I’m seizing the quiet time between the tutoring to do some bits and bobs around the house, and also the next round of bureaucracy – I have to register for tax (ouch) and apply for residency and once I have the residency, for my Spanish driving licence.  So the plan is autónoma (self-employed) which carries with it a monthly payment of 80 euros to the authorities for the next two years, which will also automatically cover me for any medical issues. After two years it goes up sharply until I retire but I’ll worry about that in two years time.

I’m also busily writing simple stories in English, translating them into exceedingly simple Spanish, and in the process teaching myself enough Spanish so that fluent I will be if odd I sound.  The two big issues with the language are pronunciation, which I have basically cracked –  although nearly every letter in the 27 (yes, 27) letter alphabet is said differently, and combinations of letters have unfamiliar aspects,  the rules once learned are consistent. There are no nasty you / young / ouch pitfalls lying in wait, so I have reached the point where I can translate my question into Spanish and then sally forth confidently to ask it.  One of these days I’ll even understand the reply.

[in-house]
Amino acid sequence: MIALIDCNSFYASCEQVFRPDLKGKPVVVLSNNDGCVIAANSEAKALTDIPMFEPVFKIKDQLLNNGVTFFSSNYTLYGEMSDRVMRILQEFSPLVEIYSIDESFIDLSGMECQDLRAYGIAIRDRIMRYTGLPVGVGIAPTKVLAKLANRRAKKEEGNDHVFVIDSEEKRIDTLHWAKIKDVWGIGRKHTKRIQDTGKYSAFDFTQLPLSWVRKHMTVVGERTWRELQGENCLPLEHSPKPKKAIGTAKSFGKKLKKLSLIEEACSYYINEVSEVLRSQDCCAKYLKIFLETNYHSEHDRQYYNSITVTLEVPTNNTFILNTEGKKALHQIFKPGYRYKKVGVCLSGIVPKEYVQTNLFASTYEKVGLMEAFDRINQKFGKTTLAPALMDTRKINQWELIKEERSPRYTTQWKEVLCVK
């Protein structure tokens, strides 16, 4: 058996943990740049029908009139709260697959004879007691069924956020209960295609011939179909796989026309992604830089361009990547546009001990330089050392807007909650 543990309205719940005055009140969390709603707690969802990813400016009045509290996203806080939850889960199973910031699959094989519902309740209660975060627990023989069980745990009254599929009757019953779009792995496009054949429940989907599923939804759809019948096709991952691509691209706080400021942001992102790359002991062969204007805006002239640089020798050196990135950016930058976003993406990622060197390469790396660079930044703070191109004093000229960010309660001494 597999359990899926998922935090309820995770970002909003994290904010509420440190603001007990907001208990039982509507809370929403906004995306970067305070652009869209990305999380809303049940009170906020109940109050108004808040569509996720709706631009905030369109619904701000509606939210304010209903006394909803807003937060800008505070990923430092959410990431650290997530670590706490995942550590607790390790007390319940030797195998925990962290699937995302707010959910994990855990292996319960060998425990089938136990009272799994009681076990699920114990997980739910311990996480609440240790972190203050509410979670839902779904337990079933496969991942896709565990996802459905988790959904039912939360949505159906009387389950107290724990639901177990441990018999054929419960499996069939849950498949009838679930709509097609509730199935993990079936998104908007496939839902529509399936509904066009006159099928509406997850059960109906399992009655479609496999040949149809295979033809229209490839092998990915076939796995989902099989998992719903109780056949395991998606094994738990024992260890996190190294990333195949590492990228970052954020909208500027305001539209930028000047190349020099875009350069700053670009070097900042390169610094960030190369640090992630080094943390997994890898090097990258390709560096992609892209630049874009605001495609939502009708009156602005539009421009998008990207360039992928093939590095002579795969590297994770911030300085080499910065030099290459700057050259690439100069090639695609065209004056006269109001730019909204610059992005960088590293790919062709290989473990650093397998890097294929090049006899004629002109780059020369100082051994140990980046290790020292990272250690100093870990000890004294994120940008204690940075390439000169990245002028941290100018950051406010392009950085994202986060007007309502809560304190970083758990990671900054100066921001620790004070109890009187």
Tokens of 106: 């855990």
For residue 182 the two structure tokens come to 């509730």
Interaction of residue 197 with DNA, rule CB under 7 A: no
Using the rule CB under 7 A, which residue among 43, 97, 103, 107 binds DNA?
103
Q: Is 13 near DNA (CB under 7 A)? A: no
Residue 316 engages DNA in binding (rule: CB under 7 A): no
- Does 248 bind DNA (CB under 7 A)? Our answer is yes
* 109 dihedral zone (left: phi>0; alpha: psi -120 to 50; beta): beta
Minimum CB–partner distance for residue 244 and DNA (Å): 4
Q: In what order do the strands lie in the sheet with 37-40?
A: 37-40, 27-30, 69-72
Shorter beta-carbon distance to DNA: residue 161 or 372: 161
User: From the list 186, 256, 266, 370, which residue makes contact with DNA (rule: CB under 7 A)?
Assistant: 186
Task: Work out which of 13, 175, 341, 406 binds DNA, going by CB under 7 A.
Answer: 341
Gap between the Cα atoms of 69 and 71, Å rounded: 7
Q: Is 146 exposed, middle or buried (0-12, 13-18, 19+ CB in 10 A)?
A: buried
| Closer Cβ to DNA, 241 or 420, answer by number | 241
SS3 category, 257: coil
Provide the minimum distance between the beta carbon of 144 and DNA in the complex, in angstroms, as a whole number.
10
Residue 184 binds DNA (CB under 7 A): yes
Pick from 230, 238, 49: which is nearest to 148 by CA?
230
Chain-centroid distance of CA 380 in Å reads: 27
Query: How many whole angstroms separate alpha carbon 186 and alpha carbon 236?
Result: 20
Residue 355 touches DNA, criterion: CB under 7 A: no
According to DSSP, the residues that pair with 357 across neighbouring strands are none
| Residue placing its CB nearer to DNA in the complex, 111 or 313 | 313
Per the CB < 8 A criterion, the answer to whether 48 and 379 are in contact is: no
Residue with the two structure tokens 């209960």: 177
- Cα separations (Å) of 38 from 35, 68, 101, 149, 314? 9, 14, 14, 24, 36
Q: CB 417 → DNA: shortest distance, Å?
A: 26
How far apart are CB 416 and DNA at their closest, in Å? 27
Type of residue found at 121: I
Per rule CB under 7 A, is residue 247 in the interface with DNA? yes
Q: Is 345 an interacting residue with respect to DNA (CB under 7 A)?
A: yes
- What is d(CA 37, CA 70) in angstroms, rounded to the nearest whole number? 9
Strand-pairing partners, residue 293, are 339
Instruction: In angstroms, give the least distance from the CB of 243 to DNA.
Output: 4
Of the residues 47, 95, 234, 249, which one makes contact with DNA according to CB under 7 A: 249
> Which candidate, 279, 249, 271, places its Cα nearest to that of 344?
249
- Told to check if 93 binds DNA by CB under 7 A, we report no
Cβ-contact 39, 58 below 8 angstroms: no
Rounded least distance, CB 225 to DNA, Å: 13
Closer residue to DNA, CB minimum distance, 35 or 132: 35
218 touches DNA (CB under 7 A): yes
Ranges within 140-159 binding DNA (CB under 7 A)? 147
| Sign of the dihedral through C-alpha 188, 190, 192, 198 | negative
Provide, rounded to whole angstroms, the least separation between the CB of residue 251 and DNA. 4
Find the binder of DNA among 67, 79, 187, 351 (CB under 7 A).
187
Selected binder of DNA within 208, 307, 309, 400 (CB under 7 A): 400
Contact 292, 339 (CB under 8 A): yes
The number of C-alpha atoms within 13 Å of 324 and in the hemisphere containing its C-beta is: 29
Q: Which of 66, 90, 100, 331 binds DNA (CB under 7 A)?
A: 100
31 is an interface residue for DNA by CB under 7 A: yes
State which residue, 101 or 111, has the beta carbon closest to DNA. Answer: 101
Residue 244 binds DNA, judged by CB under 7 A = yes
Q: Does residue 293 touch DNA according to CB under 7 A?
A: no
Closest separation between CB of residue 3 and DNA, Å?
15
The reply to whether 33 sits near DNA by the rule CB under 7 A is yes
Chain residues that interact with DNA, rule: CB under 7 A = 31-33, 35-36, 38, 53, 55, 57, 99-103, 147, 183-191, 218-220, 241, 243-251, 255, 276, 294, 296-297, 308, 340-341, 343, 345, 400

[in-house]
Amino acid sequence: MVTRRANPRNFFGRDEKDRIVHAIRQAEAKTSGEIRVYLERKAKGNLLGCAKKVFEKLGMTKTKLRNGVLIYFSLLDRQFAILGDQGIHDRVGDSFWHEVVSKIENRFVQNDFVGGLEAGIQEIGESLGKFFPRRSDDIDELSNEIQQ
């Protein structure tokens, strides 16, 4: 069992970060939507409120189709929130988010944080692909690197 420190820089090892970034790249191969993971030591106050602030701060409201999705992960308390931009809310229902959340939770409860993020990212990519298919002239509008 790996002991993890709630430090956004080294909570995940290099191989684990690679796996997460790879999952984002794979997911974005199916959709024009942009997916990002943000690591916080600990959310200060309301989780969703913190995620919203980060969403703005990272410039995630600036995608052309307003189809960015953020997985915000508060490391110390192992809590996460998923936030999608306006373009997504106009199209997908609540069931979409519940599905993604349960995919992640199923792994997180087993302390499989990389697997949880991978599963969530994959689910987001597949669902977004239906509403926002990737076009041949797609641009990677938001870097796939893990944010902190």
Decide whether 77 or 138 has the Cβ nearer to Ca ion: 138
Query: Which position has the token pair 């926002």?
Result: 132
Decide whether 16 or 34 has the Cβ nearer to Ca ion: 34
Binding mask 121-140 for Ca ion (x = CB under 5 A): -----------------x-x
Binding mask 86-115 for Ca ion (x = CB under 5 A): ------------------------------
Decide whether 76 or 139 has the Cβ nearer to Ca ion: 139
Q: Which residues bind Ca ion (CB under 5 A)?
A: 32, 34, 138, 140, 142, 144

The other big issue is word order, sentences are unfamiliarly constructed, and clauses turn into actual words, some of which I love. “I go” is voy – “today” is hoy – “today I go” therefore makes me feel like a Snow White character, hoy voy, hoy  voy, it’s off to work voy . . .

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I may never master sentence construction but the Spanish are very patient  and so long as you are trying, they are friendly, helpful, and laugh with you, not at you.  Anyway, the point of the stories is that if you go for Spanish lessons the teachers almost inevitably launch into verb conjugations (because there are oh so many verbs and oh so many conjugations) and a great many students give up. Learning useful pidgin Spanish through stories is turning out to be really easy so there may be a market for my stories.  Keeps me occupied, anyway.

2018 has been quite a year. 2019 looms like an iceberg with Brexit a complete shambles. hole

Blessed be.